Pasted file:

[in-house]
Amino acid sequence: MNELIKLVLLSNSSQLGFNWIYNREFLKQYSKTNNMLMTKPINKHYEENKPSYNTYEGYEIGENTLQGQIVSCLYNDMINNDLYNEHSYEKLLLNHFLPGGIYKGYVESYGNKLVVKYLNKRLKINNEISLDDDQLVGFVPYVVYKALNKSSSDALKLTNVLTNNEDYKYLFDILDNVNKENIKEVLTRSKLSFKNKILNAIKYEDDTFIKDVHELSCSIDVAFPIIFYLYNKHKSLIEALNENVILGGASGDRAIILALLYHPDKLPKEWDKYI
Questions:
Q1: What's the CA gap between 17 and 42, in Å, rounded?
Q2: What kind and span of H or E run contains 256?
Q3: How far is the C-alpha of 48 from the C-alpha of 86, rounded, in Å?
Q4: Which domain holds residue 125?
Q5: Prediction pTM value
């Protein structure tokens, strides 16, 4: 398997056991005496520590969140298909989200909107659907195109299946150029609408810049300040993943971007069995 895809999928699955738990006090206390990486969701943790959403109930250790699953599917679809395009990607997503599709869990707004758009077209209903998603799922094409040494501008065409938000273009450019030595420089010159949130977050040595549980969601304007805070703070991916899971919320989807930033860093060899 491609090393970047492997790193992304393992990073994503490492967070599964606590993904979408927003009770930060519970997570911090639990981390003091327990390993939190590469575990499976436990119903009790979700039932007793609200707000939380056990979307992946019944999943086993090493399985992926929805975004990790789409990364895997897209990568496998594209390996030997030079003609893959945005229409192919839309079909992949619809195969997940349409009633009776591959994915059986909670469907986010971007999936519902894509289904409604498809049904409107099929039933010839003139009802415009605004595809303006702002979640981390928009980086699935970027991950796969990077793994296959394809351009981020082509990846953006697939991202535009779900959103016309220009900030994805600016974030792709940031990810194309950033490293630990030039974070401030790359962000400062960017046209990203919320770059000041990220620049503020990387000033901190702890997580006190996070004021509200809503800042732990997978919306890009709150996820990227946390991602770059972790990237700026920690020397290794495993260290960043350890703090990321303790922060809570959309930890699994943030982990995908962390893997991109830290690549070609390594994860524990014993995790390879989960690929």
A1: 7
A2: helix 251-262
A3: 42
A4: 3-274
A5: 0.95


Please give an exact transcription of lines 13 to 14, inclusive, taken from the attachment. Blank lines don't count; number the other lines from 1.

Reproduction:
A4: 3-274
A5: 0.95